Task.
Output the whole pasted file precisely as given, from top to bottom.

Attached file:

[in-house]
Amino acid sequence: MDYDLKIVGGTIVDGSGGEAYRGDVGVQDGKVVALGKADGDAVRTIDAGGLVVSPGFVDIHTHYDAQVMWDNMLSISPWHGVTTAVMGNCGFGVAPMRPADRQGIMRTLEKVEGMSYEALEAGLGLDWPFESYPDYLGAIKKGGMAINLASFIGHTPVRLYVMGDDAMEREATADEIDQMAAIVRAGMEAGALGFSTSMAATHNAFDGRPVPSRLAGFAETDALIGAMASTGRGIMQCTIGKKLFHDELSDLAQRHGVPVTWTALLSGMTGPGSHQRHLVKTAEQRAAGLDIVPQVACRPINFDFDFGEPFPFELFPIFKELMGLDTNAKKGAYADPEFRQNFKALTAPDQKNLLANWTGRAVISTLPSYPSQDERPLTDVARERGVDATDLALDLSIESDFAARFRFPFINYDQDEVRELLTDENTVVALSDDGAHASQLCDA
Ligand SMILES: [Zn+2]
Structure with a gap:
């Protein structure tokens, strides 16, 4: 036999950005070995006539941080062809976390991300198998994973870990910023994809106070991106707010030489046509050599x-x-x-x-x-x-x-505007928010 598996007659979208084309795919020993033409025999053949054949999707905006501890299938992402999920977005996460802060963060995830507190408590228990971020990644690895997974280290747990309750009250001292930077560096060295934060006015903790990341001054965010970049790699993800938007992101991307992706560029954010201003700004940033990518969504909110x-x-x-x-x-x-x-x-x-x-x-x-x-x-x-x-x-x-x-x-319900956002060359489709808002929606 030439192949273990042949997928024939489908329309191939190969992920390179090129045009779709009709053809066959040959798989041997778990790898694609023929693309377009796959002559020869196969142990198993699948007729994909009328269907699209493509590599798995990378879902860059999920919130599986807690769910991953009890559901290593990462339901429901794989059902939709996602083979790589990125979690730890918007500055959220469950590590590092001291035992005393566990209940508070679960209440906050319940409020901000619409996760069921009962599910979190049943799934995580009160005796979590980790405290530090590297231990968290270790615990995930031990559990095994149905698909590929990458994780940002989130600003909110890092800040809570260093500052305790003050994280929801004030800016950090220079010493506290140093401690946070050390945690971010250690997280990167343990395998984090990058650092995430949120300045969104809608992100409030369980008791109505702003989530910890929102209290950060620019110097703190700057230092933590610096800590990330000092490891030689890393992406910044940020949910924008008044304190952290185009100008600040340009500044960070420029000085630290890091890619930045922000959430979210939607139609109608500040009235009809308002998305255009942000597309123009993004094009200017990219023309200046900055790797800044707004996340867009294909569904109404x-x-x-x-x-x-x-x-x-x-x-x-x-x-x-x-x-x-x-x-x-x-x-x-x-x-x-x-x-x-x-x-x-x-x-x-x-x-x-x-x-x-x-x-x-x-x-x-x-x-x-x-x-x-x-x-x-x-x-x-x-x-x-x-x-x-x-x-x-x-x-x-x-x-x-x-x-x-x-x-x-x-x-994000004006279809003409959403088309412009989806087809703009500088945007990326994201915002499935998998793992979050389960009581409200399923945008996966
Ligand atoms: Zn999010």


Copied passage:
[in-house]
Amino acid sequence: MDYDLKIVGGTIVDGSGGEAYRGDVGVQDGKVVALGKADGDAVRTIDAGGLVVSPGFVDIHTHYDAQVMWDNMLSISPWHGVTTAVMGNCGFGVAPMRPADRQGIMRTLEKVEGMSYEALEAGLGLDWPFESYPDYLGAIKKGGMAINLASFIGHTPVRLYVMGDDAMEREATADEIDQMAAIVRAGMEAGALGFSTSMAATHNAFDGRPVPSRLAGFAETDALIGAMASTGRGIMQCTIGKKLFHDELSDLAQRHGVPVTWTALLSGMTGPGSHQRHLVKTAEQRAAGLDIVPQVACRPINFDFDFGEPFPFELFPIFKELMGLDTNAKKGAYADPEFRQNFKALTAPDQKNLLANWTGRAVISTLPSYPSQDERPLTDVARERGVDATDLALDLSIESDFAARFRFPFINYDQDEVRELLTDENTVVALSDDGAHASQLCDA
Ligand SMILES: [Zn+2]
Structure with a gap:
């Protein structure tokens, strides 16, 4: 036999950005070995006539941080062809976390991300198998994973870990910023994809106070991106707010030489046509050599x-x-x-x-x-x-x-505007928010 598996007659979208084309795919020993033409025999053949054949999707905006501890299938992402999920977005996460802060963060995830507190408590228990971020990644690895997974280290747990309750009250001292930077560096060295934060006015903790990341001054965010970049790699993800938007992101991307992706560029954010201003700004940033990518969504909110x-x-x-x-x-x-x-x-x-x-x-x-x-x-x-x-x-x-x-x-319900956002060359489709808002929606 030439192949273990042949997928024939489908329309191939190969992920390179090129045009779709009709053809066959040959798989041997778990790898694609023929693309377009796959002559020869196969142990198993699948007729994909009328269907699209493509590599798995990378879902860059999920919130599986807690769910991953009890559901290593990462339901429901794989059902939709996602083979790589990125979690730890918007500055959220469950590590590092001291035992005393566990209940508070679960209440906050319940409020901000619409996760069921009962599910979190049943799934995580009160005796979590980790405290530090590297231990968290270790615990995930031990559990095994149905698909590929990458994780940002989130600003909110890092800040809570260093500052305790003050994280929801004030800016950090220079010493506290140093401690946070050390945690971010250690997280990167343990395998984090990058650092995430949120300045969104809608992100409030369980008791109505702003989530910890929102209290950060620019110097703190700057230092933590610096800590990330000092490891030689890393992406910044940020949910924008008044304190952290185009100008600040340009500044960070420029000085630290890091890619930045922000959430979210939607139609109608500040009235009809308002998305255009942000597309123009993004094009200017990219023309200046900055790797800044707004996340867009294909569904109404x-x-x-x-x-x-x-x-x-x-x-x-x-x-x-x-x-x-x-x-x-x-x-x-x-x-x-x-x-x-x-x-x-x-x-x-x-x-x-x-x-x-x-x-x-x-x-x-x-x-x-x-x-x-x-x-x-x-x-x-x-x-x-x-x-x-x-x-x-x-x-x-x-x-x-x-x-x-x-x-x-x-x-994000004006279809003409959403088309412009989806087809703009500088945007990326994201915002499935998998793992979050389960009581409200399923945008996966
Ligand atoms: Zn999010």